Ecological food production


April 2017

“We are trying to get agriculture away from the extractive economy and into the renewable economy.”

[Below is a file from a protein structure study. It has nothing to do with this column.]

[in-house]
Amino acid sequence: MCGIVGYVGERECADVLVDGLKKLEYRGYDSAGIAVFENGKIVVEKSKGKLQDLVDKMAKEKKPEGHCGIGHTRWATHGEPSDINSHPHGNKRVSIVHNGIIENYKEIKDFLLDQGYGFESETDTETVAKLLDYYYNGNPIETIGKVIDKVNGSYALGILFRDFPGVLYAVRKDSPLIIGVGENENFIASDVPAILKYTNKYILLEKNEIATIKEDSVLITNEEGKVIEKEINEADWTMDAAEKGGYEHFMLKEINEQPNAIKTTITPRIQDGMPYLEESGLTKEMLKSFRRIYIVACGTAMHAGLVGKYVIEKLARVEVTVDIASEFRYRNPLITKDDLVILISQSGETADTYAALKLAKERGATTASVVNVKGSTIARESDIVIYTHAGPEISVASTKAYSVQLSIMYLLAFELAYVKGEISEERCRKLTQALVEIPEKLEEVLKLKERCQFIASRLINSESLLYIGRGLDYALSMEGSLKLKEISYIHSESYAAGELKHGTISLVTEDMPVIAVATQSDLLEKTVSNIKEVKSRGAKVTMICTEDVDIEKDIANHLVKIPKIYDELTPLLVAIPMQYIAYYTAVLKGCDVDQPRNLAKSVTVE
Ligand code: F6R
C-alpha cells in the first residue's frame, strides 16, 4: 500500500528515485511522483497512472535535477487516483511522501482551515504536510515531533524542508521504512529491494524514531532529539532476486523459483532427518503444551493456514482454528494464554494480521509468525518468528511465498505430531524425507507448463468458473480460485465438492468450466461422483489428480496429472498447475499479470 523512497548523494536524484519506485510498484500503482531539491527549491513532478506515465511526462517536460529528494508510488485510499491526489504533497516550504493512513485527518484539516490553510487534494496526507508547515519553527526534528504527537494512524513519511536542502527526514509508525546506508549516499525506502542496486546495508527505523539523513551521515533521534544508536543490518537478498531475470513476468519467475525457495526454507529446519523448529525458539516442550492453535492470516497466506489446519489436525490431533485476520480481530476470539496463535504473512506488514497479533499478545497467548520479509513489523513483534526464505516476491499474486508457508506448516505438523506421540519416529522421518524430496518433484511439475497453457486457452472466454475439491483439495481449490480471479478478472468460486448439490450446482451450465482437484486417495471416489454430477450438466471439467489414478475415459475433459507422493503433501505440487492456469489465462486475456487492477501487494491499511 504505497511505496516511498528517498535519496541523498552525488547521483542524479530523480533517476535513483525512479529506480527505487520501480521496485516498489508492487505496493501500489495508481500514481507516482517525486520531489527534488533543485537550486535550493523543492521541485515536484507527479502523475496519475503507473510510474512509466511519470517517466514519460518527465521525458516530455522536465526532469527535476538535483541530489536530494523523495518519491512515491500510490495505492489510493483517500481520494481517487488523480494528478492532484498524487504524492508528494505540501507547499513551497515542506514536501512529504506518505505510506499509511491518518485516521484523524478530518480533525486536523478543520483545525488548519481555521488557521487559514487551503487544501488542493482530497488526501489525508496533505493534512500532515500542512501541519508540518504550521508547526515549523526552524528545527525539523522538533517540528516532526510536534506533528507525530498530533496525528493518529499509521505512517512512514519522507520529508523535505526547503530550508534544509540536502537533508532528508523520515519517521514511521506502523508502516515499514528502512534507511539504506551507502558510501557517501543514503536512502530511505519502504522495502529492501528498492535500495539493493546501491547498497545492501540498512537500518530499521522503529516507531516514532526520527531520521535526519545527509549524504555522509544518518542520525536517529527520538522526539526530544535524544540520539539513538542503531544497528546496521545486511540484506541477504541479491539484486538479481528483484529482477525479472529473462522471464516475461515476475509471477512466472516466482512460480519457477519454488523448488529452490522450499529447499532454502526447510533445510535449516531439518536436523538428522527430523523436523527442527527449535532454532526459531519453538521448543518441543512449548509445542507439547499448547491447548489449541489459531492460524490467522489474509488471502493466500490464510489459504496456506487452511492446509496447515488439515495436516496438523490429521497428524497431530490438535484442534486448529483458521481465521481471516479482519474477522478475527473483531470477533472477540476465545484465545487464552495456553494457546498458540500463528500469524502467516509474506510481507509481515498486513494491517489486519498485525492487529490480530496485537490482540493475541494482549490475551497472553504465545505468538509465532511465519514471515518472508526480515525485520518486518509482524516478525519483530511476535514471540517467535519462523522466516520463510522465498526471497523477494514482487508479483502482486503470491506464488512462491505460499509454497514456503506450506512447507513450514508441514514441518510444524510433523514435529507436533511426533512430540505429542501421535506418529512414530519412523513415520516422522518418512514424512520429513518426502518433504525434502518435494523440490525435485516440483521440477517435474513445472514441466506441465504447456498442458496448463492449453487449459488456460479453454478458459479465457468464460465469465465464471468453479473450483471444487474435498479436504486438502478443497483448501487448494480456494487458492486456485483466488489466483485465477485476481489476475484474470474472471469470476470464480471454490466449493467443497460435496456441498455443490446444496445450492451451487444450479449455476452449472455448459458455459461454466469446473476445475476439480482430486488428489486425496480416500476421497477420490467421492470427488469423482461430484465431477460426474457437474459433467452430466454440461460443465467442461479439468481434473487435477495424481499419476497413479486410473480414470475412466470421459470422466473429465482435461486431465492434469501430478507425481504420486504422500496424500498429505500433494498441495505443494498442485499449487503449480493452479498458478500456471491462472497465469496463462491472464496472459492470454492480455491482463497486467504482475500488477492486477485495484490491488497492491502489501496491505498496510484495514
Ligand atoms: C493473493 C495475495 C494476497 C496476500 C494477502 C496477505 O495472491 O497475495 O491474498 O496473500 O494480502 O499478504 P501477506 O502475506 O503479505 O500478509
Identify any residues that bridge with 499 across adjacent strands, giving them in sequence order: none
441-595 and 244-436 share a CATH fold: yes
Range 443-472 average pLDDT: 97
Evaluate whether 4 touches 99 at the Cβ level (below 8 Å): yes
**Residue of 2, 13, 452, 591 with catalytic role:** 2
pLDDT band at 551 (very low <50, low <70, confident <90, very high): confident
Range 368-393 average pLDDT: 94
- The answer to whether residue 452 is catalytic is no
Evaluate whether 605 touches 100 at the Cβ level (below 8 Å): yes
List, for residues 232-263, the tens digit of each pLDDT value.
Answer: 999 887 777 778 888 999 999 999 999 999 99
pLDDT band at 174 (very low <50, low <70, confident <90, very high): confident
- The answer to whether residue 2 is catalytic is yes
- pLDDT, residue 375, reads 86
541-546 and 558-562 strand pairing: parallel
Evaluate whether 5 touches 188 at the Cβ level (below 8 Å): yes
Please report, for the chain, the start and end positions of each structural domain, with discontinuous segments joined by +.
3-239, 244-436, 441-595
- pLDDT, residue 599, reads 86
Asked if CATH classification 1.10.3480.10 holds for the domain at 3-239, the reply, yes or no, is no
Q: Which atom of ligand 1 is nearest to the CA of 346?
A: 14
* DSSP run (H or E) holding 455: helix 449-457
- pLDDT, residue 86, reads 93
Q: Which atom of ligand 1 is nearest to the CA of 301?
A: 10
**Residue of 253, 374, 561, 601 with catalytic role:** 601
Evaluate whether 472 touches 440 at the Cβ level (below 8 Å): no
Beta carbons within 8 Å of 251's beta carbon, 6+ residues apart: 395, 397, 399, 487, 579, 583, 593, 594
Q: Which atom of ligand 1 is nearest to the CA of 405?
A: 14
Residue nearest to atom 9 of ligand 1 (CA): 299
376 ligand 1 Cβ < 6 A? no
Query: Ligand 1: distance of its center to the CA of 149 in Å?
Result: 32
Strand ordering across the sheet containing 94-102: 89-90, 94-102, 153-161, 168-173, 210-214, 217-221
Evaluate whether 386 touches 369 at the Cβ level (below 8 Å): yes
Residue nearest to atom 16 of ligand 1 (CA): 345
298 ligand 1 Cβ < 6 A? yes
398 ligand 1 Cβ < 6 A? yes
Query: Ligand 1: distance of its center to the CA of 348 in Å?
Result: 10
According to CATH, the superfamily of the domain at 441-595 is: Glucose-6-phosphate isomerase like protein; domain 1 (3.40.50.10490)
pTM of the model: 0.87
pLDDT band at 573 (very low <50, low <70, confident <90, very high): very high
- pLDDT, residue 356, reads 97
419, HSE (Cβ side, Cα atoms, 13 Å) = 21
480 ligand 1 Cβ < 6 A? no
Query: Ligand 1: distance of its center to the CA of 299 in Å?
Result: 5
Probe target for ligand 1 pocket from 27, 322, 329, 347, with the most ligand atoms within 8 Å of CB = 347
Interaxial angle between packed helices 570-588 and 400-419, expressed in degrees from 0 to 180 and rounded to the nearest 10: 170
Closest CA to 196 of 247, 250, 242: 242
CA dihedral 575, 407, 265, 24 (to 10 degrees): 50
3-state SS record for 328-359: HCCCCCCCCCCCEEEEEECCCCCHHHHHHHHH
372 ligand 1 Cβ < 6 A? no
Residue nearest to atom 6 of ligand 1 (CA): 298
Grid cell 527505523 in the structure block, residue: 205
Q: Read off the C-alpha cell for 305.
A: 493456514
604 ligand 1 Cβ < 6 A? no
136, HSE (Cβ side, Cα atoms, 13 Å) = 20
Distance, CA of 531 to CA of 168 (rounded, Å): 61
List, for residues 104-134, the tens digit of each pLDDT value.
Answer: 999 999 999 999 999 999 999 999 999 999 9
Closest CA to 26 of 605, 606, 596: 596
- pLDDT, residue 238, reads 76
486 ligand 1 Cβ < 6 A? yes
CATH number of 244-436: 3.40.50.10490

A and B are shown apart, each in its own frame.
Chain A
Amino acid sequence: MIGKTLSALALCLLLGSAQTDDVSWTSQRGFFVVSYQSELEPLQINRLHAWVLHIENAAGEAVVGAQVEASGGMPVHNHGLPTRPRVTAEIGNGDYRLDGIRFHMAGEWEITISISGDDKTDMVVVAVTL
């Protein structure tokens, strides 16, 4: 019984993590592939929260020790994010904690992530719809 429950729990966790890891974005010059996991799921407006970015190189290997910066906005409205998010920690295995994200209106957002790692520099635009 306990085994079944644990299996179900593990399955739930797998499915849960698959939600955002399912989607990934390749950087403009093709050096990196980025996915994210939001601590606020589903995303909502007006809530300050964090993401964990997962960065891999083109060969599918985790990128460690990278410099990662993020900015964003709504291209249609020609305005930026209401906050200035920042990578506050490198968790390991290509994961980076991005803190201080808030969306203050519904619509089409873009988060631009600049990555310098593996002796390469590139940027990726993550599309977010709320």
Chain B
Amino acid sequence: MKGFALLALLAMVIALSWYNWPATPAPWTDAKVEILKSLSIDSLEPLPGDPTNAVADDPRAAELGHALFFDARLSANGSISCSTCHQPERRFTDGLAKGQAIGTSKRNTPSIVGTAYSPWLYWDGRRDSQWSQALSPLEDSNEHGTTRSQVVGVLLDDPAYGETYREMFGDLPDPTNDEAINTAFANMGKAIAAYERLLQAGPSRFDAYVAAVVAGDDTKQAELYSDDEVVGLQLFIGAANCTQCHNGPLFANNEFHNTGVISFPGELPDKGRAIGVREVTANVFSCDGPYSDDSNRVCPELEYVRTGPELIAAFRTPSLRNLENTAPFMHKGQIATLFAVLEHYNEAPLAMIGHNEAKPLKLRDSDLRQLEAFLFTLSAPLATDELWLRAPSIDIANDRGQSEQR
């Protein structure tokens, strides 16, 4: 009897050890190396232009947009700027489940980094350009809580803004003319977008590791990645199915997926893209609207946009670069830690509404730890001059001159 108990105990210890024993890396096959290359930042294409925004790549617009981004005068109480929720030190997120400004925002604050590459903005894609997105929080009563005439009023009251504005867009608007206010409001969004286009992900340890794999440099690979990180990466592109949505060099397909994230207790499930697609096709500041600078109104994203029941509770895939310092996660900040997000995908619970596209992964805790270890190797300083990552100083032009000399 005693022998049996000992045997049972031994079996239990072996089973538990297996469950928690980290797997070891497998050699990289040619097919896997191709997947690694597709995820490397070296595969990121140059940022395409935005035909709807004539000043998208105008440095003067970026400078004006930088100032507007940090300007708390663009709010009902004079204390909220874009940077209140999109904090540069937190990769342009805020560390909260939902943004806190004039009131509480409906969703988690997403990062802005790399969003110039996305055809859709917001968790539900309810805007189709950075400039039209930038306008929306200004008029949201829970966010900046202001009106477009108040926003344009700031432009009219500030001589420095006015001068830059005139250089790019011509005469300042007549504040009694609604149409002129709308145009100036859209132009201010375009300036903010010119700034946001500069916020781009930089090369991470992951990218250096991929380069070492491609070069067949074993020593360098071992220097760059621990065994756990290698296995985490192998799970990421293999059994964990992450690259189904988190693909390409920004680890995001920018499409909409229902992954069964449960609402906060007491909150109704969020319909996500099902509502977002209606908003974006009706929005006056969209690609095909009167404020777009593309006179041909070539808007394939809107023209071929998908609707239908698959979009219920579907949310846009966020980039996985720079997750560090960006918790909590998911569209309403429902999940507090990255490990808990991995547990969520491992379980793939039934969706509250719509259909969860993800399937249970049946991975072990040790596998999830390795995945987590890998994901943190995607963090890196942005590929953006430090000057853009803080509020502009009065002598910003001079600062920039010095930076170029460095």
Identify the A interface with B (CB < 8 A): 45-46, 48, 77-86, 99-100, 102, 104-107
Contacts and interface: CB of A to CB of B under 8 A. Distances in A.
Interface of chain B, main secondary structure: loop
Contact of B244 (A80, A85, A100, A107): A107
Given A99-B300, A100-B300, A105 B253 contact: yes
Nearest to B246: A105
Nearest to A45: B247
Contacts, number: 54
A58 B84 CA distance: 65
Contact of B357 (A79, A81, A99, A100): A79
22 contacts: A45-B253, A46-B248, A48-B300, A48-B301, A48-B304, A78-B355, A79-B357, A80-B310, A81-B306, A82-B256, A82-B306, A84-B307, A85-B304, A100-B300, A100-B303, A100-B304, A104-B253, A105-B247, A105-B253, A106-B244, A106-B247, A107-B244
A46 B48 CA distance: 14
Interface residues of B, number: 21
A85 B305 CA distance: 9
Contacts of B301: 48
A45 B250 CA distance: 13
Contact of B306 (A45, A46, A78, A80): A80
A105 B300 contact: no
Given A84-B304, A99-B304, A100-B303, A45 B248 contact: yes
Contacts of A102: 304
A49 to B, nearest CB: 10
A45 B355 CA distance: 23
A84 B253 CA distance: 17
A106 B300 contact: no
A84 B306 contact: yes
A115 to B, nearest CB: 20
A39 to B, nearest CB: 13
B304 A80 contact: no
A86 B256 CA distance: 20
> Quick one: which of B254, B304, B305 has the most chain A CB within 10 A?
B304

Wes Jackson – – talks on the subject of agriculture and a 10k year year problem. This is exactly what I tell people when they see the field i’m working with. I’m trying to grow grain without ploughing or digging. I’m finding it darn near impossible (to use a phrase an American would be used to) to find a growing solution that doesn’t require planting annually, and all that goes with this process; sprouting the seed or vernalisation (the process of a little moisture and then a period of cold to make the seeds heads appear later on), clearing the ground, drilling or broadcasting. If you leave your field, like I did, to the life then you’ll be facing the prospect, if you have planted complementary plants well, of a carpet of plants, ironically most of them being perennial. How you get your seeds down to the soil, past the leaves and shoots, is a challenge. Then you have the problem of the seeds being crowded out. I also had the problem of the seeds being eaten by mice, slugs and snails. In the end I had to plumb for scything and a light till of about 2 inches then broadcast sowing and another run over the ground with the rotivator. This took me five days on one acre. Because of the work involved my strategy took another sharp turn: I elicited the help of two organic local farmers to plant about four acres each. If I had perennial grains I wouldn’t need to undertake this process at all…..